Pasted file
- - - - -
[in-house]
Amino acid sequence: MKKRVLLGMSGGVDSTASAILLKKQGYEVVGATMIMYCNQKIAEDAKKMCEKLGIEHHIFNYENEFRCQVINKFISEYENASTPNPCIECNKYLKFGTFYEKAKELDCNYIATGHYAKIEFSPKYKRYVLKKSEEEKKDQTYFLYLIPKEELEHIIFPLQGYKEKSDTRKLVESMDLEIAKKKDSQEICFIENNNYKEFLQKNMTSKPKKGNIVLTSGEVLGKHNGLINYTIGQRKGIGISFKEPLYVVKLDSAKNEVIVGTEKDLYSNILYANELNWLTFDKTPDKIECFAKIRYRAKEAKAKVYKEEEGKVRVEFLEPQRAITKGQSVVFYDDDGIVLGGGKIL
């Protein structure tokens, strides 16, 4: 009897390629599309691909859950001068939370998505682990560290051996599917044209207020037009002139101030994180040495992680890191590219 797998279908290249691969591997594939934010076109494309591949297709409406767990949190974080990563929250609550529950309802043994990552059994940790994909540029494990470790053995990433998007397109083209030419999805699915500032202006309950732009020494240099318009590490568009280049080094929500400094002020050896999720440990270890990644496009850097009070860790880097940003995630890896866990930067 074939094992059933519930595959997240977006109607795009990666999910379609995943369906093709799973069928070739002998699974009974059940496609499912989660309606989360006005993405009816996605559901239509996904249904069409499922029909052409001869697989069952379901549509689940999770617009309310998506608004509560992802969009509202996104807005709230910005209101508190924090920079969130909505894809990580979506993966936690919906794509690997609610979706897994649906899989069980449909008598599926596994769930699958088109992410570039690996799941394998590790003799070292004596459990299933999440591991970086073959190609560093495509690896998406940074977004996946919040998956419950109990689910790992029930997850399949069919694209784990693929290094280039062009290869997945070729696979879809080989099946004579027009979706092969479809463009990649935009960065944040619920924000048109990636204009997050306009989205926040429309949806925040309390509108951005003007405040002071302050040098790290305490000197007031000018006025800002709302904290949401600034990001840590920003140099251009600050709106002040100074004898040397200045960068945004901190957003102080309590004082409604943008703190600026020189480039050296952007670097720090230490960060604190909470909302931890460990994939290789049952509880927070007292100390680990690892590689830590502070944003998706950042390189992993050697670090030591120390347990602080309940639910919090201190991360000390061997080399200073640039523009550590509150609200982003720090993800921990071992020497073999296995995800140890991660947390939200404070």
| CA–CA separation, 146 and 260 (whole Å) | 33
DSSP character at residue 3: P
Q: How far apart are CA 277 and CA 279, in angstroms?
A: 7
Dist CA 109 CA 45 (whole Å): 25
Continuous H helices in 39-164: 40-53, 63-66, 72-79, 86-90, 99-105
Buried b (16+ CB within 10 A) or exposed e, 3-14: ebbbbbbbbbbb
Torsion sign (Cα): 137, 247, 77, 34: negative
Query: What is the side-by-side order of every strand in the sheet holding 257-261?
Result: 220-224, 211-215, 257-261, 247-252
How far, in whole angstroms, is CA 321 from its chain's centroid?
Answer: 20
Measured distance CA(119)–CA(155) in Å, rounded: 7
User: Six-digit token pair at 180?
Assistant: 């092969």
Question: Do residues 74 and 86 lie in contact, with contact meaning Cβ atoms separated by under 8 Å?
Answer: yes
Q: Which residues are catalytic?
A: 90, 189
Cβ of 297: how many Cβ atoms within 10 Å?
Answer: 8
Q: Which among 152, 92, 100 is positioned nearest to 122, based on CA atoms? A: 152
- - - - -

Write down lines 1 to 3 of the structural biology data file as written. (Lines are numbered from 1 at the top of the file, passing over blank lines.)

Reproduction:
[in-house]
Amino acid sequence: MKKRVLLGMSGGVDSTASAILLKKQGYEVVGATMIMYCNQKIAEDAKKMCEKLGIEHHIFNYENEFRCQVINKFISEYENASTPNPCIECNKYLKFGTFYEKAKELDCNYIATGHYAKIEFSPKYKRYVLKKSEEEKKDQTYFLYLIPKEELEHIIFPLQGYKEKSDTRKLVESMDLEIAKKKDSQEICFIENNNYKEFLQKNMTSKPKKGNIVLTSGEVLGKHNGLINYTIGQRKGIGISFKEPLYVVKLDSAKNEVIVGTEKDLYSNILYANELNWLTFDKTPDKIECFAKIRYRAKEAKAKVYKEEEGKVRVEFLEPQRAITKGQSVVFYDDDGIVLGGGKIL
């Protein structure tokens, strides 16, 4: 009897390629599309691909859950001068939370998505682990560290051996599917044209207020037009002139101030994180040495992680890191590219 797998279908290249691969591997594939934010076109494309591949297709409406767990949190974080990563929250609550529950309802043994990552059994940790994909540029494990470790053995990433998007397109083209030419999805699915500032202006309950732009020494240099318009590490568009280049080094929500400094002020050896999720440990270890990644496009850097009070860790880097940003995630890896866990930067 074939094992059933519930595959997240977006109607795009990666999910379609995943369906093709799973069928070739002998699974009974059940496609499912989660309606989360006005993405009816996605559901239509996904249904069409499922029909052409001869697989069952379901549509689940999770617009309310998506608004509560992802969009509202996104807005709230910005209101508190924090920079969130909505894809990580979506993966936690919906794509690997609610979706897994649906899989069980449909008598599926596994769930699958088109992410570039690996799941394998590790003799070292004596459990299933999440591991970086073959190609560093495509690896998406940074977004996946919040998956419950109990689910790992029930997850399949069919694209784990693929290094280039062009290869997945070729696979879809080989099946004579027009979706092969479809463009990649935009960065944040619920924000048109990636204009997050306009989205926040429309949806925040309390509108951005003007405040002071302050040098790290305490000197007031000018006025800002709302904290949401600034990001840590920003140099251009600050709106002040100074004898040397200045960068945004901190957003102080309590004082409604943008703190600026020189480039050296952007670097720090230490960060604190909470909302931890460990994939290789049952509880927070007292100390680990690892590689830590502070944003998706950042390189992993050697670090030591120390347990602080309940639910919090201190991360000390061997080399200073640039523009550590509150609200982003720090993800921990071992020497073999296995995800140890991660947390939200404070």